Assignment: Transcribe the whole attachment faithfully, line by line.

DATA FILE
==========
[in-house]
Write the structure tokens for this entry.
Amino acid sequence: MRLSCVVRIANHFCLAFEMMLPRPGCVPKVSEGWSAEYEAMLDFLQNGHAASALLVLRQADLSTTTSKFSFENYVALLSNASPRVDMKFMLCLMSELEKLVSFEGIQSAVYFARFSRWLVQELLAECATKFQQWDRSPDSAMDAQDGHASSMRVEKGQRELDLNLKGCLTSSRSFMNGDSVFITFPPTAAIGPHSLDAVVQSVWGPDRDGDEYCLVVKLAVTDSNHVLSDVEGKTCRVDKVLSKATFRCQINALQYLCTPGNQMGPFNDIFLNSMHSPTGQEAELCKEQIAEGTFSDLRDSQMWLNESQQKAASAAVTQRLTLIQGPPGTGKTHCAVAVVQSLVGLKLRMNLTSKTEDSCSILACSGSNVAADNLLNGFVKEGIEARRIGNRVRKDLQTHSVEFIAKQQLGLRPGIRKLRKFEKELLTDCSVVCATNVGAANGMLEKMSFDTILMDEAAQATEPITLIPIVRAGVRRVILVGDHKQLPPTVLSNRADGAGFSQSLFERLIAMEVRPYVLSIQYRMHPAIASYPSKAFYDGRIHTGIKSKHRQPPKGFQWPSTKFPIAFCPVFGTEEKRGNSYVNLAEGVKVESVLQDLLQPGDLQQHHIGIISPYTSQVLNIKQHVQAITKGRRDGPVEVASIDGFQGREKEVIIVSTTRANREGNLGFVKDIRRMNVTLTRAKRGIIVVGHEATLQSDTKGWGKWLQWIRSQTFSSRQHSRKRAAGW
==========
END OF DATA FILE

[in-house]
Write the structure tokens for this entry.
Amino acid sequence: MRLSCVVRIANHFCLAFEMMLPRPGCVPKVSEGWSAEYEAMLDFLQNGHAASALLVLRQADLSTTTSKFSFENYVALLSNASPRVDMKFMLCLMSELEKLVSFEGIQSAVYFARFSRWLVQELLAECATKFQQWDRSPDSAMDAQDGHASSMRVEKGQRELDLNLKGCLTSSRSFMNGDSVFITFPPTAAIGPHSLDAVVQSVWGPDRDGDEYCLVVKLAVTDSNHVLSDVEGKTCRVDKVLSKATFRCQINALQYLCTPGNQMGPFNDIFLNSMHSPTGQEAELCKEQIAEGTFSDLRDSQMWLNESQQKAASAAVTQRLTLIQGPPGTGKTHCAVAVVQSLVGLKLRMNLTSKTEDSCSILACSGSNVAADNLLNGFVKEGIEARRIGNRVRKDLQTHSVEFIAKQQLGLRPGIRKLRKFEKELLTDCSVVCATNVGAANGMLEKMSFDTILMDEAAQATEPITLIPIVRAGVRRVILVGDHKQLPPTVLSNRADGAGFSQSLFERLIAMEVRPYVLSIQYRMHPAIASYPSKAFYDGRIHTGIKSKHRQPPKGFQWPSTKFPIAFCPVFGTEEKRGNSYVNLAEGVKVESVLQDLLQPGDLQQHHIGIISPYTSQVLNIKQHVQAITKGRRDGPVEVASIDGFQGREKEVIIVSTTRANREGNLGFVKDIRRMNVTLTRAKRGIIVVGHEATLQSDTKGWGKWLQWIRSQTFSSRQHSRKRAAGW